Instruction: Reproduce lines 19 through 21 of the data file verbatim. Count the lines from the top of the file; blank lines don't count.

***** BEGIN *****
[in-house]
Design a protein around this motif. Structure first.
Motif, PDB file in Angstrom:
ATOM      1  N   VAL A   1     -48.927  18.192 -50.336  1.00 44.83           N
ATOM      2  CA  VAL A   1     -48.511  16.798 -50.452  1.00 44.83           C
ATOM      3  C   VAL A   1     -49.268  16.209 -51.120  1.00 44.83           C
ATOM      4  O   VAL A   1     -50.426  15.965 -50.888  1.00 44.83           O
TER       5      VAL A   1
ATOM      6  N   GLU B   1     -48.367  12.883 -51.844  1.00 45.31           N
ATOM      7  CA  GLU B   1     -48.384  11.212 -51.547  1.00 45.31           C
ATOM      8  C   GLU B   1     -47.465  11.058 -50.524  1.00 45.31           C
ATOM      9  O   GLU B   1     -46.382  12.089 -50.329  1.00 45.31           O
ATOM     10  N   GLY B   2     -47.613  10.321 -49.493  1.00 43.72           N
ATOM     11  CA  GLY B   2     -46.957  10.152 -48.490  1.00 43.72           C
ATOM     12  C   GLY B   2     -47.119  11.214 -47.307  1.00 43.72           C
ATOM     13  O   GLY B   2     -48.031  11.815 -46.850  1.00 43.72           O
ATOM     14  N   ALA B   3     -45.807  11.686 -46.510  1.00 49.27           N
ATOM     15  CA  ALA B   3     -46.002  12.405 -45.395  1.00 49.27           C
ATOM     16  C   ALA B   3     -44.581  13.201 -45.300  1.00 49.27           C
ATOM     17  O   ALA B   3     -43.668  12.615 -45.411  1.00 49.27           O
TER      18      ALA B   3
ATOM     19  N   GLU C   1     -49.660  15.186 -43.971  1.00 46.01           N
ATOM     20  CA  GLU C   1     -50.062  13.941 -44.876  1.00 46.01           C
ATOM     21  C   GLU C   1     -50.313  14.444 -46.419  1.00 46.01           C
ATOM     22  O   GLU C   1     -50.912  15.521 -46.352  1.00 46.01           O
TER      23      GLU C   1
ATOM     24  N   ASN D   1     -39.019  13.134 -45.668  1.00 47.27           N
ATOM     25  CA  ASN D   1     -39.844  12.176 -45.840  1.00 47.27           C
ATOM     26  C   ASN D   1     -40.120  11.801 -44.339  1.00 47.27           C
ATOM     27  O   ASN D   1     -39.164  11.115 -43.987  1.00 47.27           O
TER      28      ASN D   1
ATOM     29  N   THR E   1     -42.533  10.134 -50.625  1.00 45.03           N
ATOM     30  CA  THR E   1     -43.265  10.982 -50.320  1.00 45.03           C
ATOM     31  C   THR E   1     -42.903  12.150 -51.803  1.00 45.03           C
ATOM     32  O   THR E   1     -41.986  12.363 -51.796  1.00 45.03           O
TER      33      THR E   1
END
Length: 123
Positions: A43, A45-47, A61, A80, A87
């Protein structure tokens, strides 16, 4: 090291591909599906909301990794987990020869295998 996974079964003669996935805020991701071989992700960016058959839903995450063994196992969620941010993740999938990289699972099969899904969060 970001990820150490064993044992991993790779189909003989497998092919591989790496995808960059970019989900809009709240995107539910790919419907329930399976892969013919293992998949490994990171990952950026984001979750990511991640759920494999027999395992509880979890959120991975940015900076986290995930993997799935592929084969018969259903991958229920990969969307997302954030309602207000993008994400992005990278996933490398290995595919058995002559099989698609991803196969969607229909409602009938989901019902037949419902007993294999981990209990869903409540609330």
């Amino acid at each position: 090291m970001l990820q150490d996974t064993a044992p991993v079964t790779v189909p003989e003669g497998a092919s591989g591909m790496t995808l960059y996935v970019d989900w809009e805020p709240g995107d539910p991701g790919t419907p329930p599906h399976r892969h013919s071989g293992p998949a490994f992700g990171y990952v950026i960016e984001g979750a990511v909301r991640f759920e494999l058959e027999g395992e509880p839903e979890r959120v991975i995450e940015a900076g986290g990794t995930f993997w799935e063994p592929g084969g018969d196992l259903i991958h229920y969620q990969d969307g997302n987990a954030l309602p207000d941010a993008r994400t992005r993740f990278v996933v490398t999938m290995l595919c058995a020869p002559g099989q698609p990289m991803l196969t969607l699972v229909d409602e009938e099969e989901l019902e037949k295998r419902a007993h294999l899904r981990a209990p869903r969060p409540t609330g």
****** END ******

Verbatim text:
ATOM     16  C   ALA B   3     -44.581  13.201 -45.300  1.00 49.27           C
ATOM     17  O   ALA B   3     -43.668  12.615 -45.411  1.00 49.27           O
TER      18      ALA B   3